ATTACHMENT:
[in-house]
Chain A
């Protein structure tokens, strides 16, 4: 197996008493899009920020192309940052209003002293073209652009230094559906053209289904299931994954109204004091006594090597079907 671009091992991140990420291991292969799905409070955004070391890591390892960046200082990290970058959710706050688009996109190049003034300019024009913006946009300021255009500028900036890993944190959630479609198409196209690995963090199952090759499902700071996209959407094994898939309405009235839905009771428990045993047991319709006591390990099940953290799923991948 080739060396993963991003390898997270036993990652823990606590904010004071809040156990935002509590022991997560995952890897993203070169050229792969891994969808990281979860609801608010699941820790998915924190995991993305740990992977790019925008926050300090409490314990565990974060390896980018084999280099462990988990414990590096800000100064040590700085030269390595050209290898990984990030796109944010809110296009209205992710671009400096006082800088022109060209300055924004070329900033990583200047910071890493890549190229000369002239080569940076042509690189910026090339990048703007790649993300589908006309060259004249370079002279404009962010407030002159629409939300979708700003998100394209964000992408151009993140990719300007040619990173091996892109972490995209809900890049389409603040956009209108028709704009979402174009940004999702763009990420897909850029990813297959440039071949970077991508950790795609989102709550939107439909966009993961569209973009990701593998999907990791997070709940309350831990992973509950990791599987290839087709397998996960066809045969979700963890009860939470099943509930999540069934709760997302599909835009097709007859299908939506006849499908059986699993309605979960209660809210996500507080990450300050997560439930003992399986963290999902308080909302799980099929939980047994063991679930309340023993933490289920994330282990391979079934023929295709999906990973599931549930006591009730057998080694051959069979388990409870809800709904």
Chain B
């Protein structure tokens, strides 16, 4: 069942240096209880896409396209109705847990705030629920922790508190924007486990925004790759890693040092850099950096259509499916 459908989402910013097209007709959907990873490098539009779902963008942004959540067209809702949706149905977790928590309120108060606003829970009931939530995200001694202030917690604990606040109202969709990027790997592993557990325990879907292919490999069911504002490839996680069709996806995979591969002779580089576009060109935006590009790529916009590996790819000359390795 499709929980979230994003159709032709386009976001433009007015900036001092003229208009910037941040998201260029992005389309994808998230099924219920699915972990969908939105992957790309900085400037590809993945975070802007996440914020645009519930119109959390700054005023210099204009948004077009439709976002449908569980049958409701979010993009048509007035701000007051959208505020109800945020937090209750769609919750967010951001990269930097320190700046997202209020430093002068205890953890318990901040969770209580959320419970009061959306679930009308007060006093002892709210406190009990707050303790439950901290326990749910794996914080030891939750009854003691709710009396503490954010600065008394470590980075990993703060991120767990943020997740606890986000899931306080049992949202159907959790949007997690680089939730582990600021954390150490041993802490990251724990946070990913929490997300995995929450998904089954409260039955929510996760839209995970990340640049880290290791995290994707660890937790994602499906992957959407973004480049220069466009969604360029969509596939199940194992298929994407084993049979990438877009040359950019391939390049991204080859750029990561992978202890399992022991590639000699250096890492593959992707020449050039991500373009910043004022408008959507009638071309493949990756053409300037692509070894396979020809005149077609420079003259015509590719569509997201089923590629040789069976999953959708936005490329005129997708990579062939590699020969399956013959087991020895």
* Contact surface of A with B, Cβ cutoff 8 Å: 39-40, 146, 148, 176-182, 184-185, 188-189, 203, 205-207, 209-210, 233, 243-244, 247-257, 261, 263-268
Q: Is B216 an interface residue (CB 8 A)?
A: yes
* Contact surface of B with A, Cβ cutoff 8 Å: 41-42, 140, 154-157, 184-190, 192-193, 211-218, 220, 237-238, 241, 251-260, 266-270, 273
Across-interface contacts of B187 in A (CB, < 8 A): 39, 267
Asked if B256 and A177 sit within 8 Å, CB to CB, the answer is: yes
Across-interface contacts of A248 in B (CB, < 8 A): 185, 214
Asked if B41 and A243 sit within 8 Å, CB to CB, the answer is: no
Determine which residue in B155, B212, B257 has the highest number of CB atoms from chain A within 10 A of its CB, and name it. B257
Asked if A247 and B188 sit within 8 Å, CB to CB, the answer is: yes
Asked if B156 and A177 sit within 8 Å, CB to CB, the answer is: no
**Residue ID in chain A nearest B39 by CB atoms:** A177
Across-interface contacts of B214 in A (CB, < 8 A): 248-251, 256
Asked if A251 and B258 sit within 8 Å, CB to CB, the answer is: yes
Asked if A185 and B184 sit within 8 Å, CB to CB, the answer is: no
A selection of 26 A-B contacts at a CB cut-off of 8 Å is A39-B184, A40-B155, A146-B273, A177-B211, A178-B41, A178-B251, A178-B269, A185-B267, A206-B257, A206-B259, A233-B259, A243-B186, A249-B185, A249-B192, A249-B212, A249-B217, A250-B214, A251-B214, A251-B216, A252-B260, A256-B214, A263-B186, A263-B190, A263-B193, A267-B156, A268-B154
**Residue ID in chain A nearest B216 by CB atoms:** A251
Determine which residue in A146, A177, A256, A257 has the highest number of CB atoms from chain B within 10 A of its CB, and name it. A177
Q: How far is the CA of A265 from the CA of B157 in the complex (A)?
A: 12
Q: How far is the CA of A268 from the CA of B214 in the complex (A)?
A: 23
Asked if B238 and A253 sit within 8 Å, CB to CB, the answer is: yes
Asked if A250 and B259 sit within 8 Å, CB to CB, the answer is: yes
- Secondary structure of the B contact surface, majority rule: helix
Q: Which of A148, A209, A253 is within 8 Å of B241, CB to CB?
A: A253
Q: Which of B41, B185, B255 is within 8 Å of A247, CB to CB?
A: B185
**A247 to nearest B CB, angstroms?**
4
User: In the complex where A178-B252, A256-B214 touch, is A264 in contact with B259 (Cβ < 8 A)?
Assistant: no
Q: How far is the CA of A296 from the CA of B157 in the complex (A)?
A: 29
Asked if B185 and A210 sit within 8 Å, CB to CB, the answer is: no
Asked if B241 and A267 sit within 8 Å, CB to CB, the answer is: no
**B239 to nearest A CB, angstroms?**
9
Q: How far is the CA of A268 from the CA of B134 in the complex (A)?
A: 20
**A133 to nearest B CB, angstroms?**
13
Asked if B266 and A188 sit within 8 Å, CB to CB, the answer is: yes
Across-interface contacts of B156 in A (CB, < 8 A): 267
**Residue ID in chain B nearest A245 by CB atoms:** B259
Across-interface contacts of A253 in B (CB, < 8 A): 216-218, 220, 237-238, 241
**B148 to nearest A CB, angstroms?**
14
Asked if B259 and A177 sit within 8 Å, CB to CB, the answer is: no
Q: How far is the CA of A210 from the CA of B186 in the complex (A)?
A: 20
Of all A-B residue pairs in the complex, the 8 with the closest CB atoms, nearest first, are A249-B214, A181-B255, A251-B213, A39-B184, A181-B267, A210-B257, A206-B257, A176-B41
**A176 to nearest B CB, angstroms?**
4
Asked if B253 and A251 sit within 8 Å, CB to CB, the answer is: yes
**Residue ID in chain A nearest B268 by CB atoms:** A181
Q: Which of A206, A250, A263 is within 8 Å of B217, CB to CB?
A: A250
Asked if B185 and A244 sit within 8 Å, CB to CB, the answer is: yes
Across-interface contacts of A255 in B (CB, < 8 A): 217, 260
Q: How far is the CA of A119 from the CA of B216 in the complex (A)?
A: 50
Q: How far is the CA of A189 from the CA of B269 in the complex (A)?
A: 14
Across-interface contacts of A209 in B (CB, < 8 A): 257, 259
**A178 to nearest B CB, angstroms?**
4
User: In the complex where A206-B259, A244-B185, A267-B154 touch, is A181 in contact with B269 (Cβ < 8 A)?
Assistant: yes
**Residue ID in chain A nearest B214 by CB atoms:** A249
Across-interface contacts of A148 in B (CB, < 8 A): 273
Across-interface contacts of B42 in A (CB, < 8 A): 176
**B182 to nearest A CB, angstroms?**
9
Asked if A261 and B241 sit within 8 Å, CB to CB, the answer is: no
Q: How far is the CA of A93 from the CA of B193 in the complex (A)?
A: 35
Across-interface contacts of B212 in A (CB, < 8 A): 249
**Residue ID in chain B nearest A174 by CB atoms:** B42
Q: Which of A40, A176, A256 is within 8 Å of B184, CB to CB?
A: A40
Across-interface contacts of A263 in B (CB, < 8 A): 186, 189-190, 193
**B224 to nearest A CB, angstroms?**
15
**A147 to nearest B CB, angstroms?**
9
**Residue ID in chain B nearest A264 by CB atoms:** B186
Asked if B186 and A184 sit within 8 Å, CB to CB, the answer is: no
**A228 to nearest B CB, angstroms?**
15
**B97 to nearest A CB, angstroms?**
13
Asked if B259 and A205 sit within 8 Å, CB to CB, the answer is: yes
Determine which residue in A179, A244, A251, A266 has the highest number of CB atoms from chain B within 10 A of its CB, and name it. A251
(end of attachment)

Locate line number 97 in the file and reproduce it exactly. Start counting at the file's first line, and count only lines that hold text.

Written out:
**B97 to nearest A CB, angstroms?**